Satellite
[The copyright for this image capture is 2019. So this image is from the Flood of 2019. It is unusual for a  satellite image to be so recent.]
Tall trusses have a lot of lateral torque during heavy winds. ("tornadic wind force" [RandolfCountyHeraldTribune-2016])
Photo via Bridge Hunter
St.Louis Post-Dispatch: July 31 1944
[The paper had to get a photo from the US Coast Guard of what it looked like before it was blown down.]
It looks like they got another allocation of steel during WWII so that they could rebuild the truss.
Photo via Bridge Hunter
St.Louis Post-Dispatch: July 31 1944

Photo via Bridge Hunter
St.Louis Post-Dispatch: July 31 1944

Photo via Bridge Hunter
St.Louis Post-Dispatch: July 31 1944
As promised, the results of the study.
Chester Study, the tentative preferred alternative is U-1
The study includes a couple of nice photos of the existing bridge. Or as nice as you can get with a blue bridge against a blue sky. Again, notice how the 18-wheelers appear to be so small.
Chester Study
This photo is a reminder that this bridge is downstream from St. Louis so there are no locks to worry about. Thus the tows can get really big.
Chester Study
The U-1 plan, "which has a $191 million cost, features two 12-foot lanes and 8 to 12 foot shoulders. The bridge project would include the Horse Island Chute." If they go wtih 12' shoulders, will pedestrians be accommodated? Funding has not been identified. The current bridge, with proper maintenance, should have at least 10 more years of life. This article says the expected lifespan of the new bridge is 75 years. Somewhere else I read 100 years. [RandolphCountyHeraldTribune-2018]

I noticed the soggy green channel west of the bridge. So I zoomed out some. Sure enough, that used to be were the river went. Note where the state line runs. Remember that this satellite image was captured when the river was high.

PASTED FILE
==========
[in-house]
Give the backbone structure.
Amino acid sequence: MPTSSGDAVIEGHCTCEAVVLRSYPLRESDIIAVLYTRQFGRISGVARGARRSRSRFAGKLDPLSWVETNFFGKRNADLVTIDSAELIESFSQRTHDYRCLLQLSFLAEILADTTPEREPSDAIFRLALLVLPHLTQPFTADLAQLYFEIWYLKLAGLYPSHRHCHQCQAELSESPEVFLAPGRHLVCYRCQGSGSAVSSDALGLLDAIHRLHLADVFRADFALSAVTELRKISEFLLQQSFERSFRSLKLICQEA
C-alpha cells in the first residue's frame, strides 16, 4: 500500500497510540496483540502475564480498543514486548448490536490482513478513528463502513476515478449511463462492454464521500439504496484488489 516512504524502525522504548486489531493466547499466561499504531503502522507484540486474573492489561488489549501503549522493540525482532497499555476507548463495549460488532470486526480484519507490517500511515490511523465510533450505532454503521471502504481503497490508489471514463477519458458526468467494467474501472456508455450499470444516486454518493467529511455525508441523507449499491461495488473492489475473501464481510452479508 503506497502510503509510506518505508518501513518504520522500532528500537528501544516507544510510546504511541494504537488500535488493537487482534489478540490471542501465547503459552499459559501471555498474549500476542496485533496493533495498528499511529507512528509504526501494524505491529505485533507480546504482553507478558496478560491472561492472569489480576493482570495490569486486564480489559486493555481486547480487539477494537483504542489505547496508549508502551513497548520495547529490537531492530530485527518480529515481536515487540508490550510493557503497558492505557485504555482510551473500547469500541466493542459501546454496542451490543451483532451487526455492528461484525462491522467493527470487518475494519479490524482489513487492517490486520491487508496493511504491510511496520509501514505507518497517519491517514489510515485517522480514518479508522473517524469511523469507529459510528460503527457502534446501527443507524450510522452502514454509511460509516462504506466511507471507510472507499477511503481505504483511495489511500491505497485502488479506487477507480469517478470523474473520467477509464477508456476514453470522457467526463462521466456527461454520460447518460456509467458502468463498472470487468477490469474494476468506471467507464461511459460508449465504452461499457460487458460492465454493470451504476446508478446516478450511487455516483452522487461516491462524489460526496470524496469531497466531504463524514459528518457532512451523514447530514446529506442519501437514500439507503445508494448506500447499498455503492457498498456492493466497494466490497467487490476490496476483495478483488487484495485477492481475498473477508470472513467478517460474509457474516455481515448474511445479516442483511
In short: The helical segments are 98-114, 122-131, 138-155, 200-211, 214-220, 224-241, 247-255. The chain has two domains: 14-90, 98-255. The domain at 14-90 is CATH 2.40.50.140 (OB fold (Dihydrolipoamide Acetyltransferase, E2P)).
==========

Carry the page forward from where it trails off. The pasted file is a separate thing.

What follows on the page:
Satellite
To see what the river normally looks like, I fired up Global Earth. Most of the images have the white sandbar. In this image, there is no water on the east side and in the old river bed. I include both the time control slider at the top and the image capture date at the bottom to record that they disagree. I'm going to have to pay more attention to the image date in the future when I use this tool.
Google Earth
When I noticed the name Kaskaskia on the satellite map, I zoomed in to see what is there. Not much. This is the first time I have seen so many houses removed from a town grid that they now till the blocks.
Satellite
Once again, John Weeks III talks about more things than just the bridge.
Chester is the home town of Elzie Crisler Segar, the cartoonist who created ‘Popeye The Sailor Man’. There is a small park on the Illinois side of the crossing to remember Segar, which includes a life-sized statue of Popeye. The city celebrates Segar in the annual Popeye Festival held each labor day weekend.
The village of Kaskaskia is located on the west side of the Mississippi River just upriver of Chester. Kaskaskia was a commercial and transportation hub in the 1800s. In fact, it was the first capital of Illinois until 1820. The Mississippi River shifted course to the east side of Kaskaskia in the middle and late 1800s. As a result, the village is now located on the west side of the Mississippi River. But since the state line follows the historic path of the Mississippi River, Kaskaskia remains a part of the state of Illinois. The fortunes of Kaskaskia started to wane following the shifting of the river. Its population steadily declined throughout the 1900s with only 9 people remaining in 2000.

Curtis Suthard, Mar 2019